In the cool, damp northwest region of Galicia, refreshing white Albariño and Verdejo dominate, though elsewhere the most popular wines are generally red. Rioja is Spain’s best-known region, where earthy, age-worthy reds are made from Tempranillo and Garnacha (Grenache), as well as rich, nutty whites from Viura. Ribera del Duero produces opulent, fruity, top-quality wines from almost exclusively Tempranillo. Priorat, a sub-region of Catalonia, blends Garnacha with Cariñena (Carignan) to make bold, full-bodied wines with a hint of earthiness. Catalonia is also home to Cava, a sparkling wine made in the traditional method but from indigenous varieties. Sherry, Spain’s famous fortified wine, is produced in a wide range of styles from dry to lusciously sweet at the country’s southern tip in Jerez. Since the 1990s, international varieties like Cabernet Sauvignon, Merlot, and Sauvignon Blanc have been steadily increasing in importance in several regions.

Grenache

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Full-bodied but light in both color and tannin...

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Full-bodied but light in both color and tannin, Grenache loves the sun. It thrives in hot climates where it can easily achieve full ripeness. Grenache is best known in the Southern Rhône, where its plush texture and ample alcohol are tamed by savory Syrah and structured Mourvèdre, most notably in Côtes du Rhône and Châteauneuf-du-Pape. Grenache originates in Spain, where it is known as Garnacha and is important throughout the country, particularly in Rioja, where it is blended with the more austere Tempranillo, and in Priorat in tandem with savory Cariñena (Carignan). It is also responsible for dry, fruity rosés in Navarra. In Sardinia, the variety is known as Cannonau and produces bold, rustic reds. In California, Grenache has achieved popularity both flying solo and playing a supporting role in Rhône-style blends.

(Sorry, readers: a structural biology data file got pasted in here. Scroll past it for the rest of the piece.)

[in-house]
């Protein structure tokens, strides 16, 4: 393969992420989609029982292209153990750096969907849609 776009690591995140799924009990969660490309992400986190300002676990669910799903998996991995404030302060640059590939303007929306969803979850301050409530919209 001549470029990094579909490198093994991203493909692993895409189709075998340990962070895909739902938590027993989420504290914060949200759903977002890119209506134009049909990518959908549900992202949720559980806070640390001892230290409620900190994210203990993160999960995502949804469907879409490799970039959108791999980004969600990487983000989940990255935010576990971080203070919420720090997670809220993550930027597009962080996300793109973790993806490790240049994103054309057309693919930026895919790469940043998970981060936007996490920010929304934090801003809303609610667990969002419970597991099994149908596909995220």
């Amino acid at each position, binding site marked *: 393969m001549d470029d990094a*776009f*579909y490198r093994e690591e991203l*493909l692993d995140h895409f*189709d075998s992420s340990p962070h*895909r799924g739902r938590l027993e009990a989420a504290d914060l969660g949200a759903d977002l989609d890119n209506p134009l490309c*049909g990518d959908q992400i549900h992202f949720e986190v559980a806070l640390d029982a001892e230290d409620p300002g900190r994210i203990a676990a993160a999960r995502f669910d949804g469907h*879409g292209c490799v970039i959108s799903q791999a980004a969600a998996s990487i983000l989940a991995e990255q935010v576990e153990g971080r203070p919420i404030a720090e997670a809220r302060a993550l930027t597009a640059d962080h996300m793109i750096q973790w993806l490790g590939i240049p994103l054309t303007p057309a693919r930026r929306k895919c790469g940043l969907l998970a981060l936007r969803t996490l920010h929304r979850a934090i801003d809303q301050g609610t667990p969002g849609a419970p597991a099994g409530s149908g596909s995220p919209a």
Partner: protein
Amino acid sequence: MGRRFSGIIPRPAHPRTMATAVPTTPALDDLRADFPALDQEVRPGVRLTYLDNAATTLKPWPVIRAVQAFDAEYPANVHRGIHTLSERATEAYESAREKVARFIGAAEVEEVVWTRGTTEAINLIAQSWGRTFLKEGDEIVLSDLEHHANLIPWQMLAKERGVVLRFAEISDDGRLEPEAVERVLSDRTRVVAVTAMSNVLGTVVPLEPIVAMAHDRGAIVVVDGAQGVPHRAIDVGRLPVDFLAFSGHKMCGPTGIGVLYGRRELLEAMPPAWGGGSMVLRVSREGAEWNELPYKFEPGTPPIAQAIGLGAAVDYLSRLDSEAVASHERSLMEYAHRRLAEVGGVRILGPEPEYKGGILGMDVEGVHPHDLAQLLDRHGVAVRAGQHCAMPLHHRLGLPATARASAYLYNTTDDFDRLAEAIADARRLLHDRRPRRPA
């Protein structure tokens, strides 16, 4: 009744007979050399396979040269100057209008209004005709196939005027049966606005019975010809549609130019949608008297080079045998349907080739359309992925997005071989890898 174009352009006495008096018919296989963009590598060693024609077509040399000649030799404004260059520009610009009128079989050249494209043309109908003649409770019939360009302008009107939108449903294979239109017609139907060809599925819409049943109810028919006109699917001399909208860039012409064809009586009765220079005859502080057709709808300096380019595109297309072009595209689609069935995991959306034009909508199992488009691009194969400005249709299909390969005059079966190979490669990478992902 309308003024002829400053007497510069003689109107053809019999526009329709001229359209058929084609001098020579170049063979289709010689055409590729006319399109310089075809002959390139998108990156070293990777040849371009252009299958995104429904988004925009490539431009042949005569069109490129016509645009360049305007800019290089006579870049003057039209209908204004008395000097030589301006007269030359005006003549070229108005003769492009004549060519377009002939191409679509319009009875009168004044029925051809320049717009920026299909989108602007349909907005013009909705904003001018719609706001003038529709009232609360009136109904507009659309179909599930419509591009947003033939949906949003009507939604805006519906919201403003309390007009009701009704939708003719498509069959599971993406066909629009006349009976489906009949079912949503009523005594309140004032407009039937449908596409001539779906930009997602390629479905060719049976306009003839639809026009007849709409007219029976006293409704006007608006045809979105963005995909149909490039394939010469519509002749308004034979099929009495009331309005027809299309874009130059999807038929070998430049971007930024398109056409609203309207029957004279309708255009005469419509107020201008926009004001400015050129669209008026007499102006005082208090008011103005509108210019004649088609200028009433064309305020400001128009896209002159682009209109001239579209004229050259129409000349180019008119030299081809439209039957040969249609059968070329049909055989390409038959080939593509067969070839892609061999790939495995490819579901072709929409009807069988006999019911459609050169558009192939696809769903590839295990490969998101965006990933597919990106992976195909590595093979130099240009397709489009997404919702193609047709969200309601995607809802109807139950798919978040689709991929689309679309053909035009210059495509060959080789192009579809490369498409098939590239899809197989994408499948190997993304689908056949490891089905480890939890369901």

In the Glass

In sufficiently warm conditions, Grenache produces smooth and generous wines that are loaded with red fruit flavors ranging from strawberry to cherry to dark berry. Richer examples can also show plum, chocolate, and licorice.

Perfect Pairings

Despite its bold flavors, Grenache has very mild-mannered tannins, which makes it eminently quaffable on its own, yet easy to match with food. With its uncomplicated, friendly nature, Grenache is the ultimate barbecue red, pairing happily with lamb loin chops or spicy Italian sausages. Unlike most other full-bodied reds, Grenache’s low tannin level ensures that it will not be fazed by a good chili kick.

Sommelier Secret

Sardinia’s Cannonau is often revered for its association with a long, healthy life. Residents of the Italian island often live well into their 90s and beyond, and they credit this antioxidant-rich wine—along with their healthy Mediterranean diet—for their impressive longevity.

WWB67257_1985 Item# 26401